Economists believe that besides blocking President Biden’s social safety net and climate action plan, the Republicans are now proposing plans that will not just fuel the pandemic but sell out the middle class to the rich.
Paul Krugman, economist and distinguished professor of economics at the Graduate Center of the City University of New York, and a columnist for The New York Times, shared an article on the Republicans using inflation against the Biden administration and the Democrats to take back Congress in their next campaign. Citing a disagreement to the passing of the $1.68tn social safety net legislation, Republicans ideas either revolve around alleviating inflation or those ineffective in addressing the cause of increased costs or in lifting the economy out of the pandemic.
Economists believe that blocking the second bill would do little to address the issue of high elevation, as government needed to slash spending across the board. The surge in inflation in the US has been a result of the global supply chain crisis, shift in consumer behaviour, and the stimulus packages introduced by first the then-President Trump and later by Biden to keep businesses and households afloat during the Covid-19 pandemic.
John Cochrane, a professor of economics and finance at the University of Chicago and a senior fellow at the Hoover Institution at Stanford University, further explained that loosening shipping and trucking regulations were reasonable targets for reducing inflation, but ending Covid restrictions and vaccine mandates and reforming unemployment insurance and domestic energy production were neither related to nor contributed to a quick reduction in costs.
So Republicans plan to run against inflation, while having zero ideas about how to bring it down 1/ https://t.co/V3TDszTIth
— Paul Krugman (@paulkrugman) November 28, 2021
John Van Reenen
John Van Reenen, economist and Ronald Coase School Professor at the London School of Economics and the Gordon Y. Billiard Professor of Management and Economics at the Massachusetts Institute of Technology, shared an article on the Covid-19 pandemic changing the shape of the workforce and not unemployment.
According to the Resolution Foundation, a British think tank, there have been major shifts in the labour market participation post pandemic with many younger women taking up jobs, while a growing number of older workers and men have been pushed out of the labour force altogether.
Reports also suggest that unemployment in the UK has been only 0.3 percentage points higher than it was at the beginning of the Covid crisis. On the contrary, the number of inactive people, which includes people not working or looking for work, increased by 586,000 since the Covid-19 outbreak in March 2020. This number is expected to be far higher than the migrant workers who left the UK workforce during the pandemic.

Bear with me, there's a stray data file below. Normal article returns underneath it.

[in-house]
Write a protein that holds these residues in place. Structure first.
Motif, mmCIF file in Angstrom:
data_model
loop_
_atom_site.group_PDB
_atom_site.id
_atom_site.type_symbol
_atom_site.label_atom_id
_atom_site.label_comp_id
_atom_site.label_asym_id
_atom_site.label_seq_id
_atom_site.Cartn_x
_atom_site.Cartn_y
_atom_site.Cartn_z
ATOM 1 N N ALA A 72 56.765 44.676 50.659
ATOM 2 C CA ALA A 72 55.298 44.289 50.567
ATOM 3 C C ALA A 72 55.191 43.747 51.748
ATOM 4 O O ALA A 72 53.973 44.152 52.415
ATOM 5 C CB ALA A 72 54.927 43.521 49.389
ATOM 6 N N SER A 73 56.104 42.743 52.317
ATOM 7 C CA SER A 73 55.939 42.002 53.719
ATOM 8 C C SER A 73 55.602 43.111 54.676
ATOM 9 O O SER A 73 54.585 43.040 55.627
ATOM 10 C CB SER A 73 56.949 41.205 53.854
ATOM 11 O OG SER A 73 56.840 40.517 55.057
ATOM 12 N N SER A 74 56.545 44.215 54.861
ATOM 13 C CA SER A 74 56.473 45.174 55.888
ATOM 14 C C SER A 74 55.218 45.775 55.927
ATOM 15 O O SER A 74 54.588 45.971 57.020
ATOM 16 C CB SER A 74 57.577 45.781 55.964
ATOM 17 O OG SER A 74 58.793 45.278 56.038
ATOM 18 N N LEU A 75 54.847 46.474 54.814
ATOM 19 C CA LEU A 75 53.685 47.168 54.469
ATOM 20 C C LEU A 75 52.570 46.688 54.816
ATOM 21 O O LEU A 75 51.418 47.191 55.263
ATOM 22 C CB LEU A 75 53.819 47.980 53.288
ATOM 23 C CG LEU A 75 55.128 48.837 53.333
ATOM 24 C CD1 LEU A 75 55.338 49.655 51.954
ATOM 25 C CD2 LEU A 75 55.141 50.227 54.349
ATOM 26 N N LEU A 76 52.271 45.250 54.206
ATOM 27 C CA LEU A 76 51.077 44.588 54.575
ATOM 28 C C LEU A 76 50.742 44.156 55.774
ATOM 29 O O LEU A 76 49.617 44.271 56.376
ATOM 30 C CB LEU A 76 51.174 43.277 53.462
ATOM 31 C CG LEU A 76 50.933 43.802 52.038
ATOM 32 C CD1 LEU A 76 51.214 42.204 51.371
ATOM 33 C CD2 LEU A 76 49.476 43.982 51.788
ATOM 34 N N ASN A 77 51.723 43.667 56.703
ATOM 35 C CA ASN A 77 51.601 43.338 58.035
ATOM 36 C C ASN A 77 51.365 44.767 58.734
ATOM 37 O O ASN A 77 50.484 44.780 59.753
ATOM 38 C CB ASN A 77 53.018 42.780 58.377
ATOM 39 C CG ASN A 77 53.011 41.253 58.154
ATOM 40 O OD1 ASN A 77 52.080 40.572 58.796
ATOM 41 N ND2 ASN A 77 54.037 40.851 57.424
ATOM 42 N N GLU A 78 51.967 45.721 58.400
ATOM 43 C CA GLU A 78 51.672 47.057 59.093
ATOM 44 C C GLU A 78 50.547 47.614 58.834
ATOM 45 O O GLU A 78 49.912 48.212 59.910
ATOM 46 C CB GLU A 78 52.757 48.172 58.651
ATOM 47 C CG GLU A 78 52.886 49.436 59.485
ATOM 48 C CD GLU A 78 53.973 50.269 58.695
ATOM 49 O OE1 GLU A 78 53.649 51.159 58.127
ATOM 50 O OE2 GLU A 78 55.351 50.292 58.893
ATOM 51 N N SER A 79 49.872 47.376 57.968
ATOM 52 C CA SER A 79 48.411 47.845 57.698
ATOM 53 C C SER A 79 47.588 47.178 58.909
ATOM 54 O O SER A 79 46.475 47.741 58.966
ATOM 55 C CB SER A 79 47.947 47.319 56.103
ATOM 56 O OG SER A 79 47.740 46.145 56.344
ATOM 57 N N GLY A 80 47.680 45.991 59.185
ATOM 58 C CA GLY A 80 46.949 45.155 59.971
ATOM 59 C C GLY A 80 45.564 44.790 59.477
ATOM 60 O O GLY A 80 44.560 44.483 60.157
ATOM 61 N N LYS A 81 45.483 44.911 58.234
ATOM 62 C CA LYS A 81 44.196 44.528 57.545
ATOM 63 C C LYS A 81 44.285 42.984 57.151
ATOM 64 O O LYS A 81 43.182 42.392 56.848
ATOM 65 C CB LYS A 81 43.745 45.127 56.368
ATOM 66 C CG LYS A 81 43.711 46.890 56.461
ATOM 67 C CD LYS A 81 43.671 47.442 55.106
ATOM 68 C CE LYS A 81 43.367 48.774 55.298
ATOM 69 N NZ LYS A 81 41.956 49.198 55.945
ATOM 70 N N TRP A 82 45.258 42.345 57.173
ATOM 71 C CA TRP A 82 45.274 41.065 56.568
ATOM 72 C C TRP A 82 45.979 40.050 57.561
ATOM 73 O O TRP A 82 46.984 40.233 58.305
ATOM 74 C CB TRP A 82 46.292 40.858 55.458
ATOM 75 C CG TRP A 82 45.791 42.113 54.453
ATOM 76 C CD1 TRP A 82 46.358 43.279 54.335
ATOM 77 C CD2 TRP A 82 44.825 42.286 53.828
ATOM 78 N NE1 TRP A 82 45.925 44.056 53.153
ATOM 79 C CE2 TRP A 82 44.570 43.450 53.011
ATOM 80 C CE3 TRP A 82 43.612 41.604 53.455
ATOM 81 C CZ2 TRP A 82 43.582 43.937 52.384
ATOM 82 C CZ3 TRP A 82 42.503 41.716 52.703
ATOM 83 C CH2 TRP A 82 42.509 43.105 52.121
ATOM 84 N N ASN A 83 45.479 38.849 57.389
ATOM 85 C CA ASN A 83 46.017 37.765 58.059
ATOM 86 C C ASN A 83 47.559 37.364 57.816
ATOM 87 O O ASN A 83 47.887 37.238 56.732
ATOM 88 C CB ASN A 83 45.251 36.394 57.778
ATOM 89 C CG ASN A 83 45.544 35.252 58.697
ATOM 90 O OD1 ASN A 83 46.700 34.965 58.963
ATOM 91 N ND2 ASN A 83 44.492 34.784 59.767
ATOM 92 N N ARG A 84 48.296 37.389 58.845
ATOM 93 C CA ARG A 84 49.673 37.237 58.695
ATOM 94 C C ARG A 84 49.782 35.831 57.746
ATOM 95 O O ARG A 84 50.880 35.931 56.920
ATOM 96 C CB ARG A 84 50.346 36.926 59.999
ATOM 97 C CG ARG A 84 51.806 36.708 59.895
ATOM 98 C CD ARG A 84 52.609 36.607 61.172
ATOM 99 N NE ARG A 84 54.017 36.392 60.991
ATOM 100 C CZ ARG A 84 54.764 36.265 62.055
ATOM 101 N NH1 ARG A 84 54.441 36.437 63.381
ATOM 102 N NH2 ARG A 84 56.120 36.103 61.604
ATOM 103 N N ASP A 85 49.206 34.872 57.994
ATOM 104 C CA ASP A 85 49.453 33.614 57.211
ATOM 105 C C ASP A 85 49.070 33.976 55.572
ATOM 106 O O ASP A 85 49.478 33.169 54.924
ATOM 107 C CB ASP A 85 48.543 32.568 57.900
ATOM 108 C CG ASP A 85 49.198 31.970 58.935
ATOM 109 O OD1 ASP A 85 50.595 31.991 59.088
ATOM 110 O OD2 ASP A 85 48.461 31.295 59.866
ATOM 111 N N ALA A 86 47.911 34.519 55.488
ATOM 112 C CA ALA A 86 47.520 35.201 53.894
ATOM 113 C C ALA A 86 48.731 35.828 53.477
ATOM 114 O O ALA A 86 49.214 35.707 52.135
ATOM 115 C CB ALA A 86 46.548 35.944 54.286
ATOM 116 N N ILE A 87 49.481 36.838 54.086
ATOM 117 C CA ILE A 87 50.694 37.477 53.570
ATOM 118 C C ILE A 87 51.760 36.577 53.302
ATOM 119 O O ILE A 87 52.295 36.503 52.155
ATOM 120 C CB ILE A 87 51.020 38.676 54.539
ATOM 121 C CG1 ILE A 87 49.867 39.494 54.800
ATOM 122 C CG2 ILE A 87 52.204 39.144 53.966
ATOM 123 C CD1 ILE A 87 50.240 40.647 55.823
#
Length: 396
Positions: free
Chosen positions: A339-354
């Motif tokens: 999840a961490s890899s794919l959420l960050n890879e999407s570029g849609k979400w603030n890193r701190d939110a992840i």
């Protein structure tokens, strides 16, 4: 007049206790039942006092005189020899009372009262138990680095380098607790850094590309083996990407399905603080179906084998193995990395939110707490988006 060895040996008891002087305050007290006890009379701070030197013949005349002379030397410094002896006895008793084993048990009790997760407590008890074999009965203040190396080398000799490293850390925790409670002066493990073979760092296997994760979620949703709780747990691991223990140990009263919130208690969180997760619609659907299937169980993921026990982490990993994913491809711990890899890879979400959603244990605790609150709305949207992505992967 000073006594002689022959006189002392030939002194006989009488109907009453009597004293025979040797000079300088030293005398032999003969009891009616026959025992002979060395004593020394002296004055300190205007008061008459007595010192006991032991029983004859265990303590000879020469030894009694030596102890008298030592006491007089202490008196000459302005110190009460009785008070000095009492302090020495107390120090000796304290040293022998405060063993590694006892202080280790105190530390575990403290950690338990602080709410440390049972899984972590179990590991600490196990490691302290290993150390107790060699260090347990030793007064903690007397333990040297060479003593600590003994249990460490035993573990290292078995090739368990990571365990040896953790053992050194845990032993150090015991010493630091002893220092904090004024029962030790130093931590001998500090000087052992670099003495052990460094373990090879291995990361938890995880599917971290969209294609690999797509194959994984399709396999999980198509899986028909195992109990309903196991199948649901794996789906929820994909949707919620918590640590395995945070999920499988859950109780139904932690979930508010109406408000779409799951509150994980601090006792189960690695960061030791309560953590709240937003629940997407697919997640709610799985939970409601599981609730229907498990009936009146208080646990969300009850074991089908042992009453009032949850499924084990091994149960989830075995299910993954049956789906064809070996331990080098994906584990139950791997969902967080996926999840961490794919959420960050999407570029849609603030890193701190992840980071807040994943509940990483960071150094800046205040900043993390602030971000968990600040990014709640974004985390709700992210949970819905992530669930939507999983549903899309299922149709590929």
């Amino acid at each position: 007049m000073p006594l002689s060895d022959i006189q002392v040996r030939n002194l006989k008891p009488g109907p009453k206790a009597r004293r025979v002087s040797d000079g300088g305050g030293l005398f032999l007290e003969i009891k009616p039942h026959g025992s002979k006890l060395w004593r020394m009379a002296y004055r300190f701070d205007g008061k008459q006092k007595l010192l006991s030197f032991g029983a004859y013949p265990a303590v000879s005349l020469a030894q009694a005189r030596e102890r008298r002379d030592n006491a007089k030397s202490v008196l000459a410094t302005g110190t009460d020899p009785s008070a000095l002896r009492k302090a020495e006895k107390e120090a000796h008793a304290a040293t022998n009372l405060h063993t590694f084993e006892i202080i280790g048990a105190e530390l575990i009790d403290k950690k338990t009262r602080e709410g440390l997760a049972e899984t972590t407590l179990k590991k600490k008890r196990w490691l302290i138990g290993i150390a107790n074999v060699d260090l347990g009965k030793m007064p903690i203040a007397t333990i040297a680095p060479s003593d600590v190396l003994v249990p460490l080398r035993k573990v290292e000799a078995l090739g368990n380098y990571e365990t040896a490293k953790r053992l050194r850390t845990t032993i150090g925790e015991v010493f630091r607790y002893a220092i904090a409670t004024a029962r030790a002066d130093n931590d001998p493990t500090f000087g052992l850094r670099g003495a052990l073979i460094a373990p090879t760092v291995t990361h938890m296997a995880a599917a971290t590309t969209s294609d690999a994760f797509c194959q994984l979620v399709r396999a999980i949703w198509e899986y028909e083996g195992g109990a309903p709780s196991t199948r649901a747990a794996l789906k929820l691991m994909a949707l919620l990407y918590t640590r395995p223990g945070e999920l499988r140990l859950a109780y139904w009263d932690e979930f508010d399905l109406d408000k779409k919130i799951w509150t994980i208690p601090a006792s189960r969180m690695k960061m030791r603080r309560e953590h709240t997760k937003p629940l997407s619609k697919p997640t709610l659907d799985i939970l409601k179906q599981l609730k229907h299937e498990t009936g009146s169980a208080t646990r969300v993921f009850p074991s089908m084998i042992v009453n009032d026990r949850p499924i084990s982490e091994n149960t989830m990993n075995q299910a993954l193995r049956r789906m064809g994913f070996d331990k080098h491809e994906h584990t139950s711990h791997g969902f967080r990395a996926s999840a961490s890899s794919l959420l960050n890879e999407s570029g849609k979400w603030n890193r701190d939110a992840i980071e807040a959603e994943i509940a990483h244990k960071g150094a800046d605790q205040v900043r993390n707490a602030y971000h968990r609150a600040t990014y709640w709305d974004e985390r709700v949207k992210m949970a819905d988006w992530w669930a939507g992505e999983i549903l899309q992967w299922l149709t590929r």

The pandemic caused a change in the shape of the workforce, not unemployment https://t.co/Y9W3frK1sl @personneltoday on @cep_lse @resfoundation Economy2030 report
— John Van Reenen (@johnvanreenen) November 28, 2021
Diane Coyle, economist and former advisor to the UK Treasury and the vice-chairman of the BBC Trust, retweeted an article shared by the Centre for Economic Performance (CEP) at the London School of Economics, on how economists like Paul Johnson have revealed that self-employed individuals in the UK have been the worst hit by the pandemic with almost 30% struggling to pay bills.
Experts claim that the self-employed have not been financially stable over the past couple of years, and the pandemic has revealed that they were worse off by the end of this summer. On the eve of the Covid crisis, the self-employed accounted for one in seven of the UK workforce, a number which has doubled since a generation ago. Additionally, growth in self-employment accounted for one-third of the growth of all the employment growth in the decade after the financial crisis.
The Institute for Fiscal Studies further reveals that while employees’ suffered a stagnation in their earnings for years, the self-employed have been far worse. Their income levels have been falling dramatically in the years prior to the pandemic.
"This is not a blip, nor is it of mere historic interest, nor is it a small issue" – @PJTheEconomist on CEP research revealing how the self-employed have been hard hit with almost 30% struggling to pay bills.@s_machin_ @RobABlackburn @mariaventura05 https://t.co/UtQuzfGKEi
— Centre for Economic Performance (@CEP_LSE) November 28, 2021